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Tree Problems

Boring Insects

Pine Beetle
Attacks most pine species in the Front Range area. Trees that are not growing with vigor as a result of being over-topped, over crowded, old age, or stressed due to drought or damage are the most susceptible to attack. Proactive treatments are recommended.

Ash/Lilac Borer
Attacks mostly Green Ash and Lilacs. This borer is most likely to attack stressed or damaged trees, but can attack an apparently healthy tree. These borers can cause extensive damage to Ash trees, causing  the main leader of the tree to die off to killing the entire tree. Proactive treatments are recommended.

Locust Borer
Affects mainly Locust trees. This borer is most likely to attack stressed or damaged trees, but can attack an apparently healthy tree. These borers can cause extensive damage to the Locust tree, boring large galleries throughout the trunk, severely damaging the vascular system and further weakening the tree. Proactive treatments are recommended.

Ips Beetle
Infests Spruce, and Pine species. There are 11 species of Ips that are found in the state of Colorado. These beetles mainly attack weak, stressed, or damaged trees as a result of transplanting, drought, or poor site conditions. Ips beetles are also known as “engraver” beetles. Preventative or proactive treatments are recommended.

Protection from fungal and bacterial diseases

Leaf Spot Fungus

A fungus that commonly affects Aspens. It commonly shows up in late summer or early fall after a warm, wet spring, which provides the ideal conditions for the fungus to grow and spread. It is not usually recommended to treat with fungicides if the fungal infestation is not a chronic problem, which shows up year after year. This is due to the fact that Aspens are sensitive to certain types of pesticides.

Fire Blight
A bacterial disease that infects most flowering trees, such as apple, crabapple, and pear. This disease will kill off branches and, if the infection in severe enough, the entire tree. This disease is spread by pollinating insects, water, and pruning tools contaminated with the bacteria. Pruning out the infected areas, sanitizing your cutting shears in a 10% bleach solution between cuts and preventative treatments are affective in managing Fire Blight.

Powdery Mildew
A widespread disease that is easily identified. It appears on the foliage of infested trees as a white dusty, or powdery film. The warm and dry climate of the Front Range of Colorado is an ideal climate for severe outbreaks to occur. Infections are likely to occur in tightly planted areas where circulation is limited.

Protection and treatment for foliar pests

A foliar pest that feeds on the nutrients that the foliage is producing for the tree. Aphids can be found on many species of trees, and some species can cause damage. They can be controlled by the use of pesticides as well as the use of predatory bugs such as ladybugs and parasitic wasps.

Spider Mites
Are a common foliar pest that causes leaf discoloration and burning, leaf loss, and often kill trees or brutally stress them. In Colorado, spider mites tend to show up most heavily in the late summer/early fall after the plants have been stressed all summer from drought and heat. Spider mites can be controlled by miticides, or with predatory mites, lady bugs, and parasitic wasps.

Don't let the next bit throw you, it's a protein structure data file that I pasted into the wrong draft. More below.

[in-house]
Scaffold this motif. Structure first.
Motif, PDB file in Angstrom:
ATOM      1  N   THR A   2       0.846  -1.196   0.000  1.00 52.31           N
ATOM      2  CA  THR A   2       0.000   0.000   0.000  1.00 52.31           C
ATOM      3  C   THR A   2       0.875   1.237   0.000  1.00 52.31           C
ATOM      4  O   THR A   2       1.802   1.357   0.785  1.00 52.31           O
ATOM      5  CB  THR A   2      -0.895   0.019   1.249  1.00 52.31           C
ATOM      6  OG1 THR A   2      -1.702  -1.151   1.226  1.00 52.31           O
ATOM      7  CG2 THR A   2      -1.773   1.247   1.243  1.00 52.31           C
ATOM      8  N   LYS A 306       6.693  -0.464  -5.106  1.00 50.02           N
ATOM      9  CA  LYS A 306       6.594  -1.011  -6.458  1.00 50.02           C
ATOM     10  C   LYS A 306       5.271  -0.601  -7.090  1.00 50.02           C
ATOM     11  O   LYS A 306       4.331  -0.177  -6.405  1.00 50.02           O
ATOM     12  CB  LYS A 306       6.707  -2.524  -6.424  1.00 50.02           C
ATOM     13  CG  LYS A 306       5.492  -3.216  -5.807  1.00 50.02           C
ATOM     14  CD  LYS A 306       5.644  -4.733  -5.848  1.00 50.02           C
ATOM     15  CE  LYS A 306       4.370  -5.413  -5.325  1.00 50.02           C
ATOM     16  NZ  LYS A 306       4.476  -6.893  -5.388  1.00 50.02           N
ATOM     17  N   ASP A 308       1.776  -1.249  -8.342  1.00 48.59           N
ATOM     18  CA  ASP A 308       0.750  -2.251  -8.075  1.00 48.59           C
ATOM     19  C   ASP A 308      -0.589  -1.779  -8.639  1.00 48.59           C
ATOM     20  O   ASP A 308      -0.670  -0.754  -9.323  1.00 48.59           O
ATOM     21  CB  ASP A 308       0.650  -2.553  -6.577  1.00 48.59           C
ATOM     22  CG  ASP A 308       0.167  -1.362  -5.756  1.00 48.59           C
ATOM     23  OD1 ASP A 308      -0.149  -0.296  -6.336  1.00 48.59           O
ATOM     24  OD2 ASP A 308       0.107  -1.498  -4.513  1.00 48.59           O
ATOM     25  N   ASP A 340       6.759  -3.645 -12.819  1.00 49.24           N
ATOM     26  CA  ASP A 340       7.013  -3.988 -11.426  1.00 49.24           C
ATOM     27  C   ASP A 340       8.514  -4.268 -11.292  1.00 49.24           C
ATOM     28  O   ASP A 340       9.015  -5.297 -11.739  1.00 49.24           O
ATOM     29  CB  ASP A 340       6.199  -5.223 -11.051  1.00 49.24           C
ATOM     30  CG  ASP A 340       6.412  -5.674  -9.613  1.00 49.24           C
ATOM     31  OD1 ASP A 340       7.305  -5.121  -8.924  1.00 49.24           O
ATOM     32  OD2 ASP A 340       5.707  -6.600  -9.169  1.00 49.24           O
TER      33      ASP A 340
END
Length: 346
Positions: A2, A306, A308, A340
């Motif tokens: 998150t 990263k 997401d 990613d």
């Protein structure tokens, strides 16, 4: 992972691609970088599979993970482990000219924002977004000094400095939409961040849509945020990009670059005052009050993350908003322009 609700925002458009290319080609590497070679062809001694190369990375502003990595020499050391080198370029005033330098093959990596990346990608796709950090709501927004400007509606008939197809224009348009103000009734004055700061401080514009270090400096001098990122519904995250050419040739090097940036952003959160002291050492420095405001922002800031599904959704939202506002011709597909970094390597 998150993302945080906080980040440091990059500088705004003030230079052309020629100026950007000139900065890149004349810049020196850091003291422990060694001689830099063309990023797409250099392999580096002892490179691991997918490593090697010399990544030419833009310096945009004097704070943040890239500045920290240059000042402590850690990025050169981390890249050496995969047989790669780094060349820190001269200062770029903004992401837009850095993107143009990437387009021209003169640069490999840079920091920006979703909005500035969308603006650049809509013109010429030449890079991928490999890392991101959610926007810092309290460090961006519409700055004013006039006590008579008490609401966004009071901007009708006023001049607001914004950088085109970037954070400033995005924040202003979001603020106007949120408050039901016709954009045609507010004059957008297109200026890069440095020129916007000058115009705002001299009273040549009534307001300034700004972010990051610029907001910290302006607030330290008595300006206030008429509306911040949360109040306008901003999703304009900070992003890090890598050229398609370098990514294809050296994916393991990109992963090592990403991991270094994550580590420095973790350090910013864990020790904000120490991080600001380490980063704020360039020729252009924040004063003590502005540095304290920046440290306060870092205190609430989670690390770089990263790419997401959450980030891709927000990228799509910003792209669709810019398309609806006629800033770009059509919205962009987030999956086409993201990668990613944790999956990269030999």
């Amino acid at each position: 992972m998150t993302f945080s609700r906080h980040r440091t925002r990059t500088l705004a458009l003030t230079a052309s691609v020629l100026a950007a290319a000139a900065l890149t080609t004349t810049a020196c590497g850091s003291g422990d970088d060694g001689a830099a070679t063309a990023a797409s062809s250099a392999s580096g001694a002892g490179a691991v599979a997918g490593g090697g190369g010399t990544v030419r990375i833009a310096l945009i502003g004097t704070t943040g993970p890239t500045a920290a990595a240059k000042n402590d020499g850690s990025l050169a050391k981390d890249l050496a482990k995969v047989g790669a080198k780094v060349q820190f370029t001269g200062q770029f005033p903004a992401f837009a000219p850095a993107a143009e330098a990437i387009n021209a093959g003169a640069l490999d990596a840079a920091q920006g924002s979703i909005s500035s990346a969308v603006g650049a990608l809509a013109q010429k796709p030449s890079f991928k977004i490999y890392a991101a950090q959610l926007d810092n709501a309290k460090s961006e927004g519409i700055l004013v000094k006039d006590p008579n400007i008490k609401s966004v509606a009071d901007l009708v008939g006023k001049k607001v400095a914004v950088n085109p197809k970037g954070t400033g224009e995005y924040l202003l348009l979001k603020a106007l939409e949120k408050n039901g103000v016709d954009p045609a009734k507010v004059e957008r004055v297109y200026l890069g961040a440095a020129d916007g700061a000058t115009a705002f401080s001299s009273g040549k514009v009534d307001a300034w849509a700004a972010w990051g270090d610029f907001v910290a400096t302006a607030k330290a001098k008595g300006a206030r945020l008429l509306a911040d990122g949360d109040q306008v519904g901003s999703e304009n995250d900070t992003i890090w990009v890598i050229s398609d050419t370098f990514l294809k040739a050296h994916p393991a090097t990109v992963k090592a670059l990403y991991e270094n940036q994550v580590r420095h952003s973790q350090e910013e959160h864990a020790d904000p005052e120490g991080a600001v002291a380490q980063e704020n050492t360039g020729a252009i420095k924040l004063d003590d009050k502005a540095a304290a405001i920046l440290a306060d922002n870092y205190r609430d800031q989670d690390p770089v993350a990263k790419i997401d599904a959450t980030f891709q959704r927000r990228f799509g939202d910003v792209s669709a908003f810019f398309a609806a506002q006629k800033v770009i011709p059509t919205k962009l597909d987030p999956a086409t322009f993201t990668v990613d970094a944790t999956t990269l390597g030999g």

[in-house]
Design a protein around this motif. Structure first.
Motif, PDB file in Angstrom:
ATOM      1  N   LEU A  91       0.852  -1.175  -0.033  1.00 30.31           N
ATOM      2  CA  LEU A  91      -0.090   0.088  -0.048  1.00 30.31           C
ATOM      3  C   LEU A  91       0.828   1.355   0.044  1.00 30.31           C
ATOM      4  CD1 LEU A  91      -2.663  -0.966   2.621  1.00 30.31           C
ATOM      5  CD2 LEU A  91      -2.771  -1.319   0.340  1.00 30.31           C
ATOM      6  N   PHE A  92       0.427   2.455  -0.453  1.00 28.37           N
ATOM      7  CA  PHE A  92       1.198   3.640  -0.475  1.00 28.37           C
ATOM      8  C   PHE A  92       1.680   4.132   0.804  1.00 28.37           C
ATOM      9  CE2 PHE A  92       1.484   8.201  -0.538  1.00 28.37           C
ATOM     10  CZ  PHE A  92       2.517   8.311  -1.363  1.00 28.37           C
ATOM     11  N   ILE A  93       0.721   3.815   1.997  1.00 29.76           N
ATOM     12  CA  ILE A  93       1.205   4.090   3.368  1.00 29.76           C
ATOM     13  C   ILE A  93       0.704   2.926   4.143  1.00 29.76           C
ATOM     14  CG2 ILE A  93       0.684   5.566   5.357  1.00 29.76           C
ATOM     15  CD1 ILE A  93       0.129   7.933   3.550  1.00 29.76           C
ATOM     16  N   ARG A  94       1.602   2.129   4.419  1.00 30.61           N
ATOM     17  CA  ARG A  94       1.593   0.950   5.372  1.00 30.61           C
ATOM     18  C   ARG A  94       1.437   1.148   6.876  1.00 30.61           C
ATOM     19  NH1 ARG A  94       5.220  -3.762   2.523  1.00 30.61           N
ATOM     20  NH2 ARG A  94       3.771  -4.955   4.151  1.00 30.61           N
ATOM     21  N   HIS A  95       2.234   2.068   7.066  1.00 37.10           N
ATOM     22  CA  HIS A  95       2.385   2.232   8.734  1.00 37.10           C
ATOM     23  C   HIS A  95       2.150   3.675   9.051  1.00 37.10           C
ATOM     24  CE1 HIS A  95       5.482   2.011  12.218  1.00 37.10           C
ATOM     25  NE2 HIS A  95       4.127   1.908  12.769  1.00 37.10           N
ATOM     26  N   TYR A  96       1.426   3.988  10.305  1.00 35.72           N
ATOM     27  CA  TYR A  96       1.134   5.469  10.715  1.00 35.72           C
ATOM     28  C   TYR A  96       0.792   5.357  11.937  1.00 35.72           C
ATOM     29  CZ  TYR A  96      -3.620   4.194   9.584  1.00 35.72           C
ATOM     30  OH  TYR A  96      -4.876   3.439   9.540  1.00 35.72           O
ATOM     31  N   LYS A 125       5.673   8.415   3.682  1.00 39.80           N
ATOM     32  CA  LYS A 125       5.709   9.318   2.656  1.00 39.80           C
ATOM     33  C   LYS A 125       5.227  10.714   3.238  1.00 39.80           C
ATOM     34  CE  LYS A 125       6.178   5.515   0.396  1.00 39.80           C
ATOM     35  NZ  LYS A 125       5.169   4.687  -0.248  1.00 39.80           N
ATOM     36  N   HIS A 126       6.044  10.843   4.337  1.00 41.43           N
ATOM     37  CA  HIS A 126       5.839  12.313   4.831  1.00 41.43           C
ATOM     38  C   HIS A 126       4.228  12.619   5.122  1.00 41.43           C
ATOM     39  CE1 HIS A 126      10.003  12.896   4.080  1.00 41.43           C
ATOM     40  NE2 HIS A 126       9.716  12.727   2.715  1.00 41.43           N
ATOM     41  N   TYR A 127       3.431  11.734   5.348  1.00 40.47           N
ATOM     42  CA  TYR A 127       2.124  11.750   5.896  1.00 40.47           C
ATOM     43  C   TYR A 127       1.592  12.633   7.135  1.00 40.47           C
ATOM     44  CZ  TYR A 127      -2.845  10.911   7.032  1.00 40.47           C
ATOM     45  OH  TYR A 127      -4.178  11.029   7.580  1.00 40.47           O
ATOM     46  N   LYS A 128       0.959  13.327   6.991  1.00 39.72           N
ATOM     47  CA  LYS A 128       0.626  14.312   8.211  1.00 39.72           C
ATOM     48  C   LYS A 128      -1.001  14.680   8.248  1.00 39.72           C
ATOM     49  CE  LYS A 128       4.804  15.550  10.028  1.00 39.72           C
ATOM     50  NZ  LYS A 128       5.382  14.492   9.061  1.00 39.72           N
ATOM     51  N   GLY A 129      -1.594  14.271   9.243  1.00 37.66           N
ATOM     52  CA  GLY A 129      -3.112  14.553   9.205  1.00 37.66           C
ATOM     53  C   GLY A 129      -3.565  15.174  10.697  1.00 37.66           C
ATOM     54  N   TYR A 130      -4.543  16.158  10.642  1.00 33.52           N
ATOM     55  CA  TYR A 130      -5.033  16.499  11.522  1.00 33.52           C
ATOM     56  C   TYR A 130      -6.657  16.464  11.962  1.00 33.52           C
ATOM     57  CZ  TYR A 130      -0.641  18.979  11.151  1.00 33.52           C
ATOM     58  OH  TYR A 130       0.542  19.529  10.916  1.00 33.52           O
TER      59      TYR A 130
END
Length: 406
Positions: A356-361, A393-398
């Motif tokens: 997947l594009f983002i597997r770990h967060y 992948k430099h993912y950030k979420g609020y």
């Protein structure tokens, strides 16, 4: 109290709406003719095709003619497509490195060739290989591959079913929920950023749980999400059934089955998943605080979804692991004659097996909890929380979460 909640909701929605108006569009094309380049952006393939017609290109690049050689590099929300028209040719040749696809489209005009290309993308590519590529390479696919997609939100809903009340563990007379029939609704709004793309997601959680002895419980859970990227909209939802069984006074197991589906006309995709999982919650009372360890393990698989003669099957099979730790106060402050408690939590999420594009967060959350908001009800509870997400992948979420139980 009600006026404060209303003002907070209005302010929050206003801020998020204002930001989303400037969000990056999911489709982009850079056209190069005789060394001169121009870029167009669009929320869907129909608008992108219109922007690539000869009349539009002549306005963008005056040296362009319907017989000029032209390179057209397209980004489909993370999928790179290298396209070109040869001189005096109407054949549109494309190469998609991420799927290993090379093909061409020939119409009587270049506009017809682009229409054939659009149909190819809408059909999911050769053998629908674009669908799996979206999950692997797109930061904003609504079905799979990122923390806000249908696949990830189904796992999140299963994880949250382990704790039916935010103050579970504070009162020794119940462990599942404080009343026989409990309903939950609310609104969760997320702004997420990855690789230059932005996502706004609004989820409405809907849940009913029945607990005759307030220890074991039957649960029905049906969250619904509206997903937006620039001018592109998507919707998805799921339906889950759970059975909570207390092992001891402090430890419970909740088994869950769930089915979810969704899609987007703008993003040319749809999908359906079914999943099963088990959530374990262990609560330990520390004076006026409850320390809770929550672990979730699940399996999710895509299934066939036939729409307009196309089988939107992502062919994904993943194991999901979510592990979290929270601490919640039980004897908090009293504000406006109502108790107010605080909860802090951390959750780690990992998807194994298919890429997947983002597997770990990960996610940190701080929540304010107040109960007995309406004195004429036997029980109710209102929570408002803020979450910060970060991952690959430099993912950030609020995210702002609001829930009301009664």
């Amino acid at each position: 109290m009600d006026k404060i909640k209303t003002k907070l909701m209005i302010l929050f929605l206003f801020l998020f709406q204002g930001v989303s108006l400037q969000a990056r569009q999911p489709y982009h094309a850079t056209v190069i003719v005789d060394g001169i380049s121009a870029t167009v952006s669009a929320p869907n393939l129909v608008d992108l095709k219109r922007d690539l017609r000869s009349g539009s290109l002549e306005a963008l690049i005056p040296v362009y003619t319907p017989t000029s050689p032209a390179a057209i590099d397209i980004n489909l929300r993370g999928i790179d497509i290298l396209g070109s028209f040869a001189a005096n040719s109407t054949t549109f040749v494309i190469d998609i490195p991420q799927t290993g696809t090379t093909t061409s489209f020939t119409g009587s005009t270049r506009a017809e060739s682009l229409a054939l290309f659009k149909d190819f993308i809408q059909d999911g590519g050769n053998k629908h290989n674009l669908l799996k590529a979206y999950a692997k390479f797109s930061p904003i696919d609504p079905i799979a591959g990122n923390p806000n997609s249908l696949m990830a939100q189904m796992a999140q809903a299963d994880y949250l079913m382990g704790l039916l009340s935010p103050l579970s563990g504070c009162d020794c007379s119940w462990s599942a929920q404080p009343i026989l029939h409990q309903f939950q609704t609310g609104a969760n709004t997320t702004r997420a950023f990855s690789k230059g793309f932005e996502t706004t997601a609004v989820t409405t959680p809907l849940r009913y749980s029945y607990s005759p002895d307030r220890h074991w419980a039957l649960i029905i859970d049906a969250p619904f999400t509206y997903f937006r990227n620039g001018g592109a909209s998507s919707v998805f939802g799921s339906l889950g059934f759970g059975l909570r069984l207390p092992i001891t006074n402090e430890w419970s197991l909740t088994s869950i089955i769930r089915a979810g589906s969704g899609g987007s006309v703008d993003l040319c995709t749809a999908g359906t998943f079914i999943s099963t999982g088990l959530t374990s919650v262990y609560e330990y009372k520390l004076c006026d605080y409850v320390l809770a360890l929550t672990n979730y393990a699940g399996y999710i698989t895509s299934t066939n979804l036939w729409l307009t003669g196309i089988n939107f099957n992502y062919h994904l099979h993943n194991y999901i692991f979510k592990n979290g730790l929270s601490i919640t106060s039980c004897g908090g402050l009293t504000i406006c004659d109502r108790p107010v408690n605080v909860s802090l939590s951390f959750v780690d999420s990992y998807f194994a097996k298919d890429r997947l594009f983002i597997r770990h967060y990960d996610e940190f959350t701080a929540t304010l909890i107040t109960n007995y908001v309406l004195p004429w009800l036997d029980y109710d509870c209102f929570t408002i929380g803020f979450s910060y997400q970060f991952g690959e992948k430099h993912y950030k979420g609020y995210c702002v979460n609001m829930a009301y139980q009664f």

There are four types of webworms in Colorado. Tent caterpillars are common in the spring, causing foliar damage. The most damage occurs in already stressed trees. The fall webworm occurs from midsummer through early fall. Mostly they are an eyesore and for aesthetic reasons, are wanted to be removed.  

Tussock Moth
Attacks Douglas-firs, spruces, and true firs and feeds on the needles. From time to time, infestations occur through out the urban forest of the Front Range. Rarely does it occur as a true forest pest in the Colorado forests. There are several pesticides that are affective for controlling the Tussock Moth.

Tip Moth
The tip moth causes damage in its caterpillar stage of its lifecycle. It feeds on the new foliage of many different pines. Rarely causes severe damage, but affects the appearance and growth. The tip moth can overwinter in the terminal growth of Pinion pines. There are several pesticides that give good control of this tree pest.

Zimmerman Pine Moth
Larvae cause damage by tunneling under the bark, usually where a branch meets the trunk, to feed on the cambium layer of the tree. Like the Pine beetle, yellow “popcorn is a tell-tale sign of their presence. Proactively treating your trees with preventative sprays is the most effective way of protecting your trees.

Affects several species of trees here in Colorado from evergreens to Aspens. Scale feeds on the nutrients that the host tree is producing for itself. Control of certain types of scale can be difficult due to a hard protective coating that the insect covers itself with. The “crawler” stage is the most effective time to treat these types of scale.

Nutrient Deficiencies

Iron Chlorosis
Chlorosis is a term that describes a yellowing of the leaves. Chlorosis is a symptom that a tree is nutrient deficient. In the Front Range of Colorado, the soil pH is such that the iron in the soil becomes bound to the soil, not allowing it to be absorbed by the roots of the trees. The result is a chlorotic tree that will eventually die due to malnutrition if nothing is done.  




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